Opinion Piece: The top travelling stereotypes

Stereotypes you’ll inevitably encounter while travelling

By Cranky Camper

Let’s face it, we all think of ourselves as inherently idiosyncratic individuals. And of course one of the joys of travelling is meeting people that intrinsically deviate from our own seemingly conventional lifestyles.

However, after meeting an abundance of these superficially quirky, and characteristically unconventional individuals, one can’t help but begin to notice some trends amongst these self-styled outliers.



Here’s a list of some of the stereotypes you will meet on the road and tips to deal with them.

The too-cool-for-school guy

We all know the type. Been there, done that. The quintessential one-upper. He never ceases to find a way to regale you with tales of off-the-beaten-track locales. Places where no one other than him/her have apparently been (move over Captain Kirk). No matter what you’re talking about he will find a way to relate it to that time he single-handedly saved a baby chimp from a forest fire in an unchartered region in Borneo. But, you know (well-practiced shoulder shrug, feigning modesty). No biggie.

One gets the sneaking suspicion these guys aren’t as interested in really experiencing the places they are visiting so much as they are in crafting their own legends. Travel tales regarding exotic locales, cultures and peoples seem to revolve almost entirely around themselves. My advice: take everything with a pinch of salt. Don’t feel intimated that you’re not doing all of these seemingly amazing things, or that your adventures feel bland by comparison. In the end, travel should be a journey of personal discovery. If you’re only after bragging rights you’re probably missing the point.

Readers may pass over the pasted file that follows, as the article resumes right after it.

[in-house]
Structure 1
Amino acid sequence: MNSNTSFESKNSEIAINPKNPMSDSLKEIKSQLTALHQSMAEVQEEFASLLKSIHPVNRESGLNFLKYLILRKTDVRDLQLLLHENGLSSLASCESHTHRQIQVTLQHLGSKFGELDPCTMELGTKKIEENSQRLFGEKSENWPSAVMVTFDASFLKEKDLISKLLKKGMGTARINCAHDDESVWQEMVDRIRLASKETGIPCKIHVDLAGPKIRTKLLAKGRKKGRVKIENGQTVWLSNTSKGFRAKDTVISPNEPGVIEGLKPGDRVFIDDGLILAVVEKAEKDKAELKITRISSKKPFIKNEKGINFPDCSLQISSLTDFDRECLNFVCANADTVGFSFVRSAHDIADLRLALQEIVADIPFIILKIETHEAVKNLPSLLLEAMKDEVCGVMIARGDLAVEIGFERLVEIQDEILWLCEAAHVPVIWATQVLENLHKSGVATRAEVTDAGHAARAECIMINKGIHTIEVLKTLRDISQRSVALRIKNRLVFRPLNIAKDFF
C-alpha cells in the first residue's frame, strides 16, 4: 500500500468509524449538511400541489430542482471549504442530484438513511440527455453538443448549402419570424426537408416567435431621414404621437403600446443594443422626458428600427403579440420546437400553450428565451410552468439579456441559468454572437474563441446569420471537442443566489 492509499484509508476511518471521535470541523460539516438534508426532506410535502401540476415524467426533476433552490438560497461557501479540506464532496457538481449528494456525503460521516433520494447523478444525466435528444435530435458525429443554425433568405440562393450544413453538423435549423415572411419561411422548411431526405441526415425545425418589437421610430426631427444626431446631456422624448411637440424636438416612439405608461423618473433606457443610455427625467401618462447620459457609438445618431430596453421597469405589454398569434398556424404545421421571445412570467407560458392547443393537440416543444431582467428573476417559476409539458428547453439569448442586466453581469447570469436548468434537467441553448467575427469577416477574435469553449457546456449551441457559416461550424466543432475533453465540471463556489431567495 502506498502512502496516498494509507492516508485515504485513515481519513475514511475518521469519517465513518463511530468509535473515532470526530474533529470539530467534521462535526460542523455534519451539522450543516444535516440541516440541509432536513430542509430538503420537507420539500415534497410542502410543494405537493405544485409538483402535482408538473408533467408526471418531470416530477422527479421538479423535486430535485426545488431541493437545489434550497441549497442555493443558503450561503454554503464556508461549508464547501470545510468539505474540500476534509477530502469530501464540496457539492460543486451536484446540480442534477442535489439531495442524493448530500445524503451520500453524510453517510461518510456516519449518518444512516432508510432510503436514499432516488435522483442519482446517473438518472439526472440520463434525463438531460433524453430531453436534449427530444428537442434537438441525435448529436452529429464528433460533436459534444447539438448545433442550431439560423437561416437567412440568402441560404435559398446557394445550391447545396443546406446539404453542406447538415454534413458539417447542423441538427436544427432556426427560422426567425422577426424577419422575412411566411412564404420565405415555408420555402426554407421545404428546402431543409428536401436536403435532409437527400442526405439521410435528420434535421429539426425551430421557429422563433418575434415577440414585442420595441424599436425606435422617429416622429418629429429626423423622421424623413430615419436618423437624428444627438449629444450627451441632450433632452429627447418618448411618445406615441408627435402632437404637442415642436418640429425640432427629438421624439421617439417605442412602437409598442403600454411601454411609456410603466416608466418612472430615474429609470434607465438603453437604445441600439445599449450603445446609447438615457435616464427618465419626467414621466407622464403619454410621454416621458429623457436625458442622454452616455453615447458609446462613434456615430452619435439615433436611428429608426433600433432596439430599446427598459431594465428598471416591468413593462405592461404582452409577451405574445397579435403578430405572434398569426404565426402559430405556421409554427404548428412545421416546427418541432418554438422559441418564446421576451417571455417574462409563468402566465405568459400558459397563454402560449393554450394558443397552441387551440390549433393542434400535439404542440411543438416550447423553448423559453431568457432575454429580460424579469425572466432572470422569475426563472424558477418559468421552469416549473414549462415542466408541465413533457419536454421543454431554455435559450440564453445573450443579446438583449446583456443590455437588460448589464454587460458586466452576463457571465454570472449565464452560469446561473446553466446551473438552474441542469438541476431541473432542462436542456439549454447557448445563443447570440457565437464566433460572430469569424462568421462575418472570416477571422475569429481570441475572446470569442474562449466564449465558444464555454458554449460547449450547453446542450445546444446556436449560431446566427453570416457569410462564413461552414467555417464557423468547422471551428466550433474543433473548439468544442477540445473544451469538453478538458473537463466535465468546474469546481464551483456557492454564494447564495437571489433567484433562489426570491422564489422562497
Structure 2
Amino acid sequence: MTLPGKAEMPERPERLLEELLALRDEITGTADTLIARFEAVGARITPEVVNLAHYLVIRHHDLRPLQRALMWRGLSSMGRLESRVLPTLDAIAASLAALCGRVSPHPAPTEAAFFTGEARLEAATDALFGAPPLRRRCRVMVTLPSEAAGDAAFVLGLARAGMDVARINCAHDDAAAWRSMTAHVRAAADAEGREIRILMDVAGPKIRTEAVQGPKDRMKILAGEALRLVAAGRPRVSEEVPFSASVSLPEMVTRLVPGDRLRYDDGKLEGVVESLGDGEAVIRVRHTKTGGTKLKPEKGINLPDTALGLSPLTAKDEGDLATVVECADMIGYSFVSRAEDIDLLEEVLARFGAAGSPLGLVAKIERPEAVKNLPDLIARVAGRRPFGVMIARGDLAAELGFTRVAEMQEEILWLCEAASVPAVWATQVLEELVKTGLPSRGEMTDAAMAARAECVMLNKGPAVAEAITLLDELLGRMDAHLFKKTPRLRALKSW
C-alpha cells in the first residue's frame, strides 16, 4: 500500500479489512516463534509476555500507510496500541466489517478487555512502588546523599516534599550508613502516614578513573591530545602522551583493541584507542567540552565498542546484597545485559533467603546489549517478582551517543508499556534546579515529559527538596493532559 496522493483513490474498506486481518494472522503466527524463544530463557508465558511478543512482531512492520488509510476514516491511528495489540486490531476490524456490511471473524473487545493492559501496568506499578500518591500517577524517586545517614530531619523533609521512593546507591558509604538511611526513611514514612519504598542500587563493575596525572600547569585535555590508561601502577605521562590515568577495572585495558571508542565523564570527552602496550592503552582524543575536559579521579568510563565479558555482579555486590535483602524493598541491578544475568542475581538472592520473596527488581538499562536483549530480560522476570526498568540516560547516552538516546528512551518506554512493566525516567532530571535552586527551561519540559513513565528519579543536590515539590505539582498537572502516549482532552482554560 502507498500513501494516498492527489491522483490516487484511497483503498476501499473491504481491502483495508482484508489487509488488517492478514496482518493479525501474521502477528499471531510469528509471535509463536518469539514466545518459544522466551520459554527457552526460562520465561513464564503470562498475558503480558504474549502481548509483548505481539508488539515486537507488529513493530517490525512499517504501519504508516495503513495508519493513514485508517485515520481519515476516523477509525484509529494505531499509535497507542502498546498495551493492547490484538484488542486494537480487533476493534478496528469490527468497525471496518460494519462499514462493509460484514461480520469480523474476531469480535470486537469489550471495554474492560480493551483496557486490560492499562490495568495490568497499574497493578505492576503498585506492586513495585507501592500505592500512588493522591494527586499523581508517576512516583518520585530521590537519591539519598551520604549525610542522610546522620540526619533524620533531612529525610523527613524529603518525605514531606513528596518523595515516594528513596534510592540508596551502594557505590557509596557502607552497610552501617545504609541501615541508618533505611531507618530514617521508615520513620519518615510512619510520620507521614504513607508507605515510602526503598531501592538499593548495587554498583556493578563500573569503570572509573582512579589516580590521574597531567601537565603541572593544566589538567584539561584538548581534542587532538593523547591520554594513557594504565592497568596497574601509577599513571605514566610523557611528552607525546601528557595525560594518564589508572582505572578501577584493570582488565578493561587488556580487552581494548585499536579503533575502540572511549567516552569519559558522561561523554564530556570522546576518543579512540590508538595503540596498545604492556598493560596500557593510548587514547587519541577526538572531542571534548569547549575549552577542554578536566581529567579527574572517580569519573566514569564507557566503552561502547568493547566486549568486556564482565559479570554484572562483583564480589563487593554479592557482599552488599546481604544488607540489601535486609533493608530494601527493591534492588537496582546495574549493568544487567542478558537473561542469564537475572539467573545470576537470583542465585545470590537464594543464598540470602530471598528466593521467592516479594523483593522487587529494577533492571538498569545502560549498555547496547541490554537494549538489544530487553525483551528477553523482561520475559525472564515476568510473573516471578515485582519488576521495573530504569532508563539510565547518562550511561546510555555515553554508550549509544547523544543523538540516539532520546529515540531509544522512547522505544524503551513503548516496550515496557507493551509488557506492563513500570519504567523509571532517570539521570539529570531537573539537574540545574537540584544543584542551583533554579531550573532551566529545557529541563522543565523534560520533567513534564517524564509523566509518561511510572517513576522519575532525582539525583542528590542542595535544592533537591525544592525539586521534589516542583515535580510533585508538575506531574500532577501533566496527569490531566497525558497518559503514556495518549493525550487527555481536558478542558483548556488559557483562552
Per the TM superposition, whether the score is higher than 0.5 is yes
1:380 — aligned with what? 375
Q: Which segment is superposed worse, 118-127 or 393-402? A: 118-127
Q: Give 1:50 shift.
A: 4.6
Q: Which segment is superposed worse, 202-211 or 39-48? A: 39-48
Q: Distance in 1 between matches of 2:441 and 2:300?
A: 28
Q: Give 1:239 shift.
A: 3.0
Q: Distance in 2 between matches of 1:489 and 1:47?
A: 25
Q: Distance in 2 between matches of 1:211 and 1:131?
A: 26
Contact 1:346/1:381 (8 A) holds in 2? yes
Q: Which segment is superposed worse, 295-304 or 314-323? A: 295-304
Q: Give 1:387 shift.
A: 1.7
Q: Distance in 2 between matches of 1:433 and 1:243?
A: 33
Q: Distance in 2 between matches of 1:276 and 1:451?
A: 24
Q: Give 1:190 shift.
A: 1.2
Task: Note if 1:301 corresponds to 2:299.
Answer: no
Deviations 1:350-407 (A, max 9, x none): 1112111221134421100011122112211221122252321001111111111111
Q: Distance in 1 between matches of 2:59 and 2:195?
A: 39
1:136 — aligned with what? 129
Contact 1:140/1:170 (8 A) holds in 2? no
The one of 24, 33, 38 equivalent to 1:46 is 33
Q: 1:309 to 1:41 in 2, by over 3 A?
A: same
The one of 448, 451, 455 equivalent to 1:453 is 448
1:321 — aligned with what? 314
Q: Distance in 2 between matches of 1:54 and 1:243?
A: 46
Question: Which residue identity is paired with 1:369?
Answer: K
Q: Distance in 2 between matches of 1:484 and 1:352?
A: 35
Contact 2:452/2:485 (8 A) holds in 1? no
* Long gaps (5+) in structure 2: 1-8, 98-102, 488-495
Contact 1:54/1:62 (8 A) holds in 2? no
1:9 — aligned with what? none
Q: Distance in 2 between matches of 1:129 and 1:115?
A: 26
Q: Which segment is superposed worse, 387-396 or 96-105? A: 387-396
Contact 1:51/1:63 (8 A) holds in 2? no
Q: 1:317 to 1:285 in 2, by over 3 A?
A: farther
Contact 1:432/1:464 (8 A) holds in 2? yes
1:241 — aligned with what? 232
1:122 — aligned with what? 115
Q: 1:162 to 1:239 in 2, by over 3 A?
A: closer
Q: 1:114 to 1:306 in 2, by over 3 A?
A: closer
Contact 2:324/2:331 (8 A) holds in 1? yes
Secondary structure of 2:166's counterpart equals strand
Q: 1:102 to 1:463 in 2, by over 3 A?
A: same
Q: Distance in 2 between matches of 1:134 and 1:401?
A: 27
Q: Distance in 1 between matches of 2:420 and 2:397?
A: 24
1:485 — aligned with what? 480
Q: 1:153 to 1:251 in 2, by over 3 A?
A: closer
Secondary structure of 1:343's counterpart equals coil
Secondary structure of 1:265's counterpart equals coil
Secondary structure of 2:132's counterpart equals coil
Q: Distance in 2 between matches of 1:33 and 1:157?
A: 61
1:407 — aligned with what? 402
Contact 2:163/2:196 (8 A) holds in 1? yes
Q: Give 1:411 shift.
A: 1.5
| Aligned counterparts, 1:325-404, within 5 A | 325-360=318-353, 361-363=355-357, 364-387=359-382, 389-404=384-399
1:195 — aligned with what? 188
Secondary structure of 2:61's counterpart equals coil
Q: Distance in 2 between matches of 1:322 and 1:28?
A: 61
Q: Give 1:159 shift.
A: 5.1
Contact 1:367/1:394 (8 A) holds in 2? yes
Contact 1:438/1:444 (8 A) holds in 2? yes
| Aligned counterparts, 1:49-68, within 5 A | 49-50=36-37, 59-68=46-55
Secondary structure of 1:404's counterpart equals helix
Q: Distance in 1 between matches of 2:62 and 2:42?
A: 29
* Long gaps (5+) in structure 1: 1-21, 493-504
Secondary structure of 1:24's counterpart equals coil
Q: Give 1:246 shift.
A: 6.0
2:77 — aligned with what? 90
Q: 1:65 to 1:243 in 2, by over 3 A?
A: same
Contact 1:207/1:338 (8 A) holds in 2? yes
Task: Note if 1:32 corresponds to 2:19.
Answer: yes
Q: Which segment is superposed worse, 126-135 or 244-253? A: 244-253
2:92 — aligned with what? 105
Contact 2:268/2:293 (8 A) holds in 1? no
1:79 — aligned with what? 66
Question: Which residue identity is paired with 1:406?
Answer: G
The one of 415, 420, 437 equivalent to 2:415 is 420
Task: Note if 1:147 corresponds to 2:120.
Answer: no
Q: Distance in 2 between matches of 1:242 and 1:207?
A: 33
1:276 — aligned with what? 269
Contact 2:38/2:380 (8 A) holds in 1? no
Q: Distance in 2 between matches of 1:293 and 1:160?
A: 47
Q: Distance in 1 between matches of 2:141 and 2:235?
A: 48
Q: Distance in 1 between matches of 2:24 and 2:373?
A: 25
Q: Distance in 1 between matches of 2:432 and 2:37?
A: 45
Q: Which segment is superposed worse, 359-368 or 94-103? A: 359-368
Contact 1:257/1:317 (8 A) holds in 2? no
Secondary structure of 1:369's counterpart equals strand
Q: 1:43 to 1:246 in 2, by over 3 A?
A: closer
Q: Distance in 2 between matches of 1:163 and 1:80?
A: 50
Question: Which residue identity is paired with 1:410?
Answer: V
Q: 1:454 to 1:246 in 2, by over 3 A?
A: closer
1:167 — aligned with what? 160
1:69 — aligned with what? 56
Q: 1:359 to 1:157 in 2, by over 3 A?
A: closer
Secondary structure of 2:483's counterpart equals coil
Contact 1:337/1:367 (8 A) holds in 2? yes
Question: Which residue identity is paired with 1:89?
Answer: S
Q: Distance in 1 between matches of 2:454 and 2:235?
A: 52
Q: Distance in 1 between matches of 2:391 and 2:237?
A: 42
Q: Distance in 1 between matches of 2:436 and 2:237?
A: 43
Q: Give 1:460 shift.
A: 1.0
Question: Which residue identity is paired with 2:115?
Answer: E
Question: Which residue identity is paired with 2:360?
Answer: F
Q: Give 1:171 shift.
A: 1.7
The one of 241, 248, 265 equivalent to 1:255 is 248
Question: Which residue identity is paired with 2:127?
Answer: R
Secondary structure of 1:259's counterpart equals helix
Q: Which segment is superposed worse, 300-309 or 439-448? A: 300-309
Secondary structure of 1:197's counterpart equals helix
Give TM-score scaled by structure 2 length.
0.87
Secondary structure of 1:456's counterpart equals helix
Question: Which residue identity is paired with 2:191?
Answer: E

The guy you wish you were

A very typical down-to-earth guy. You’ll be having a very ordinary conversation about curtains, and in a totally non-descript fashion he will mention offhand how his blinds were chosen to match the Persian-style carpet he was given as a gift by the mujahedeen after the fall of Kabul when he was trapped in a cave with them for three months, before quickly moving on to his wife’s tastes in ethnic decorations. You wonder if the color scheme would be a good inspiration and wait… WHAT?!

As your brain begins to process this recent transcript, he has already moved on to which main course looks better – the chicken or the fish. Only when pressed will this guy reveal that at the age of 20 he had undertaken a solo walking trip along the ancient silk road with no money and long before TV-adventurers popularized such excursions. He says it with what seems casual indifference. You are struck by awe and inspiration, and other feelings too. Here is a guy who has accomplished amazing feats, and moreover exercises genuine modesty. Bastard. You are more than a little bit jealous and begin to wonder how you can ever be this awesome. UGH. My advice – Soak up whatever you can from this guy. Knowledge, humility and courage are traits we should all seek to emulate.

The outdated hippie guy

Well-worn sandals, long shaggy hair, baggy clothes and a constant smell of hash about his person, this out-of-time hippie is determined to relive the glory days of tie-dyed t-shirts, bell bottom blues, and Woodstock-style grooves. Possessing by far the greatest soundtrack in his travels, the hippie makes his pilgrimage along the alternative destinations and classic hippie stops, spreading peace and love throughout the land. Always intermingling with the locals, they have great stories to tell of that time they got high in Kashmir, or that time they got high in Karachi, or that time they got high in Goa, and ‘oh mantheWEEDin Goa’.

These guys are amongst the best folk to hitchhike with, possessing not a bad bone in their body. Their glossy red eyes contain no malice and they are genuinely happy to meet you. Just sit back, enjoy the rocking tunes, and be transported to that long forgotten time of chilling vibes and peaceful rhetoric, with a guy who looks suspiciously like Jesus if you look at him sideways.